When will our leaders finally be held accountable for creating an environment that encourages cheating?" he asks. "And when will the national media express the outrage we all feel as these leaders look the other way as those around them cheat?
Los Angeles, California (PRWEB) August 17, 2011
Michael Friedlander, author of “Detecting the Scam: Nelson Mandela’s Gift,” asks when the cheating will finally stop? "When will our leaders finally be held accountable for creating an environment that encourages cheating?" he asks. "And when will the national media express the outrage we all feel as these leaders look the other way as those around them cheat?"
Friedlander is an international business attorney with more than 30 years' experience doing business around the world. He has also been the CEO of an international music company and the CEO of an international architectural design company. His book deals with recent high profile scams and how the leadership qualities of Nelson Mandela could have protected the victims of the scams.
Friedlander offers some recent examples of how none of the leaders involved in our recent financial scandals came close to emulating Nelson Mandela’s lasting leadership legacy, namely, his insistence that a leader always put the interests of those he represents ahead of his personal interests. In every one of these examples, leaders put their personal interests ahead of the interests of those they represented.
Friedlander offers the example of the recently disclosed scandal aboard the USS Memphis. In an article appearing in the Huffington Post on August 15, 2011, Michael Melia writes that, when the Navy revealed the existence of a cheating ring aboard USS Memphis in which sailors received answers to questions before the exams, this wasn't an isolated incident. He writes that, through a Freedom of Information request, it was revealed that a cheating environment existed on the USS Memphis that tolerated and encouraged cheating. He discloses that Navy commanders are under pressure to hit high-performance standards.
Friedlander suggests that, in the case of sailors who might not pass their exams, these commanders face a dilemma: "Do they sacrifice integrity to advance their personal interests in helping their sailors cheat to pass the exams, or do they put their professional careers in potential jeopardy by demanding that there be no cheating on the exams?"
Well, with respect to USS Memphis, they apparently made their choice and the Navy fired the commander and 10% of the crew.
In the case of the deans of the business schools, it is clearly important for the deans to do anything to keep the flow of funds from alumni and corporate donors coming in ⎯ and do nothing to rock that particular boat. In the wake of Enron, however, these same deans were given the responsibility to better equip our future business leaders to address Enron-type ethical issues they might confront and, more important, to address the outbreak of white collar crime. The deans understood the crisis our business community faces, namely, the crisis of pervasive cheating and the crisis of those who looked the other way as those around them cheated. In many respects, our financial futures lay in the hands of new generations of business leaders. This was an awesome responsibility the deans undertook.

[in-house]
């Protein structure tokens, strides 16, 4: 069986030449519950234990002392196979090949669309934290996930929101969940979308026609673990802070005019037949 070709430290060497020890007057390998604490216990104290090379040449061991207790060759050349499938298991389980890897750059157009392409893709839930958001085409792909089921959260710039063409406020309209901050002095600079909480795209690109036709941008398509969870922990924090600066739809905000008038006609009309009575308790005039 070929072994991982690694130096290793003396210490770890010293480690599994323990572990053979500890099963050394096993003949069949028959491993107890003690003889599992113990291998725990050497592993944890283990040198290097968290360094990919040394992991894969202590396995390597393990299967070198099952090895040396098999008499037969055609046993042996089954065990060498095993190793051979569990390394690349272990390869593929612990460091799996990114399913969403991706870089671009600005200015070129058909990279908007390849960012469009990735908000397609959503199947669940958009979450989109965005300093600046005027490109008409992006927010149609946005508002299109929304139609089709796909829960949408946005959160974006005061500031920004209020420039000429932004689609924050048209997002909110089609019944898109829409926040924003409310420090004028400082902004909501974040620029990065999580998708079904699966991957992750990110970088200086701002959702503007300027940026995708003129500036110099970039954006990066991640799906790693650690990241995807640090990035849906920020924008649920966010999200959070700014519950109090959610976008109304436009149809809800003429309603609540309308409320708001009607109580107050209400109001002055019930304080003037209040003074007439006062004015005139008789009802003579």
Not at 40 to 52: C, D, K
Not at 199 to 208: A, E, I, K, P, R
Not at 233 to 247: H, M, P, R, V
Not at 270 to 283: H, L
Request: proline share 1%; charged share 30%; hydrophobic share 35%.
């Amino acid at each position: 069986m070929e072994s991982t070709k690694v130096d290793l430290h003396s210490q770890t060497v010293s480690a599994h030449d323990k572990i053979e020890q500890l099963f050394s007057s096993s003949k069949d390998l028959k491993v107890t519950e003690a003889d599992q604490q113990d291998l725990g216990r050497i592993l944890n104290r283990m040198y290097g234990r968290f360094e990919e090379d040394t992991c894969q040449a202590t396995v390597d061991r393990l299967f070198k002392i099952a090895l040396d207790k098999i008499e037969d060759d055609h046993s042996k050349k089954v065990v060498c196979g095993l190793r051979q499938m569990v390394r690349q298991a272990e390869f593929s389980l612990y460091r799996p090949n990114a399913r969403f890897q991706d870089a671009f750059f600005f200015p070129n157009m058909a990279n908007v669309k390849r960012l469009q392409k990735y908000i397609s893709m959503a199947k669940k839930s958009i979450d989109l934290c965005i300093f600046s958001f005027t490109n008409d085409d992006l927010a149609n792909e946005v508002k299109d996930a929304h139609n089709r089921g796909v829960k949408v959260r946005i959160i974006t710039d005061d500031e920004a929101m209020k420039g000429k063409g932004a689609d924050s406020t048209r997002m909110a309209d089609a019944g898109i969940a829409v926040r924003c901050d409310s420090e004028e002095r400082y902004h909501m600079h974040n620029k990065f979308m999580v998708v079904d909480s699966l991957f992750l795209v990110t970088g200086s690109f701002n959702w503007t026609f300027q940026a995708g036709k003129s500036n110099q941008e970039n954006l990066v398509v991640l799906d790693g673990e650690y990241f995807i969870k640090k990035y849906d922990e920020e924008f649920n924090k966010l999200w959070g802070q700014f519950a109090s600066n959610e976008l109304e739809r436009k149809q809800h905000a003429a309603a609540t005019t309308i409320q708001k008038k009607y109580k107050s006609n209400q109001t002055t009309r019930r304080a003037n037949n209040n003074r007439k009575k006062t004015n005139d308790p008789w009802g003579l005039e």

"But, what if the deans were faced with a dilemma?" Friedlander asks. "What if there was pervasive cheating amongst their students, and what if the exposure of this cheating would run the risk of the schools losing those important funding opportunities? What were the deans to do? Would they respect the responsibility they had been given to address post-Enron ethical issues by taking all steps necessary to ensure that no cheating be tolerated in their schools, thereby highlighting a problem that might jeopardize funding? Or would they minimize the importance of the pervasive cheating and not draw attention to it and jeopardize future funding? How would they choose if confronted by this dilemma?"
Friedlander points out that they were indeed confronted with this dilemma. The jury, Friedlander claims, has returned with a verdict. Friedlander argues that, according to reputable surveys, it is now an accepted fact that more business students cheat than other students. According to the same surveys, the deans and their faculties know about this. Business students know this, but looked away as their colleagues cheated. How have the deans, faculties, other students reacted and responded? According to the same survey cited above, they chose not to rock the boat and to minimize even the fact of the pervasive cheating.
The result is new generations of business leaders who learn in a cheating environment. "And where is the outrage?" Friedlander asks. "If the deans were employed in the business world," he argues, "they would all be fired." But they are not employed in the business world.
"Finally," Friedlander points out, "the Atlanta schoolteachers faced the same crisis as the commander of USS Memphis later faced." As in the case of Navy commanders, it was in the schools’ and teachers' personal interests to hit high-performance standards on their students' tests. The teachers and schools embarked on a massive widespread organized cheating campaign. In the statement issued by Georgia Governor Nathan Deal, the state found "cheating in 44 of the 56 schools" examined. 38 principals were "found to be responsible for, or directly involved in the cheating." He continued: "We determined that 178 teachers and principals in the Atlanta Public Schools System cheated."
To Friedlander, the message is clear:
"When will someone step up to the plate and express the outrage we all feel? And what corrective measures will we put in place?"
On this, Friedlander argues, the jury is still out...